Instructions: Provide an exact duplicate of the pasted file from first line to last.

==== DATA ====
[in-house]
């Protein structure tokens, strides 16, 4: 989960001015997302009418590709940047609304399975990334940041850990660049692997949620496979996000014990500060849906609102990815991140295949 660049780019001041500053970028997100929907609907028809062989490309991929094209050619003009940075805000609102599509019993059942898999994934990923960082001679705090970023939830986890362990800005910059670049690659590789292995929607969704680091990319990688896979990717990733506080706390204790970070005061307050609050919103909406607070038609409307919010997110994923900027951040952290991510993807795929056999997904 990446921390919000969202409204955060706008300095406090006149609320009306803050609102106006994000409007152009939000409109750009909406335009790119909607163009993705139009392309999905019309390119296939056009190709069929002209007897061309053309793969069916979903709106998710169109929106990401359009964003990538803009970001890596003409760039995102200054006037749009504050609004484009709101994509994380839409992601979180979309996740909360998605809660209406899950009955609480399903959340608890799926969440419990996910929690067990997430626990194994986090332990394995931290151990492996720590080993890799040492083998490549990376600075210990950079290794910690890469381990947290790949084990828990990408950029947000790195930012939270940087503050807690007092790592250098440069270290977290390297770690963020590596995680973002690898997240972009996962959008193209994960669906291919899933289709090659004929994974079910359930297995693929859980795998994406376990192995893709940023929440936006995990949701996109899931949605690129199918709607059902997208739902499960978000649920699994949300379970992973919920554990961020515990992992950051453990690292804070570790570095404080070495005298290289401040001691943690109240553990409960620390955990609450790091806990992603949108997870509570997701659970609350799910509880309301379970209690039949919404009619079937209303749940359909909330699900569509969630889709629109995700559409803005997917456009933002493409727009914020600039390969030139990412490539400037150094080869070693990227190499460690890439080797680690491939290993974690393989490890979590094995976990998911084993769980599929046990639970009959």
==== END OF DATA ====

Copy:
[in-house]
């Protein structure tokens, strides 16, 4: 989960001015997302009418590709940047609304399975990334940041850990660049692997949620496979996000014990500060849906609102990815991140295949 660049780019001041500053970028997100929907609907028809062989490309991929094209050619003009940075805000609102599509019993059942898999994934990923960082001679705090970023939830986890362990800005910059670049690659590789292995929607969704680091990319990688896979990717990733506080706390204790970070005061307050609050919103909406607070038609409307919010997110994923900027951040952290991510993807795929056999997904 990446921390919000969202409204955060706008300095406090006149609320009306803050609102106006994000409007152009939000409109750009909406335009790119909607163009993705139009392309999905019309390119296939056009190709069929002209007897061309053309793969069916979903709106998710169109929106990401359009964003990538803009970001890596003409760039995102200054006037749009504050609004484009709101994509994380839409992601979180979309996740909360998605809660209406899950009955609480399903959340608890799926969440419990996910929690067990997430626990194994986090332990394995931290151990492996720590080993890799040492083998490549990376600075210990950079290794910690890469381990947290790949084990828990990408950029947000790195930012939270940087503050807690007092790592250098440069270290977290390297770690963020590596995680973002690898997240972009996962959008193209994960669906291919899933289709090659004929994974079910359930297995693929859980795998994406376990192995893709940023929440936006995990949701996109899931949605690129199918709607059902997208739902499960978000649920699994949300379970992973919920554990961020515990992992950051453990690292804070570790570095404080070495005298290289401040001691943690109240553990409960620390955990609450790091806990992603949108997870509570997701659970609350799910509880309301379970209690039949919404009619079937209303749940359909909330699900569509969630889709629109995700559409803005997917456009933002493409727009914020600039390969030139990412490539400037150094080869070693990227190499460690890439080797680690491939290993974690393989490890979590094995976990998911084993769980599929046990639970009959």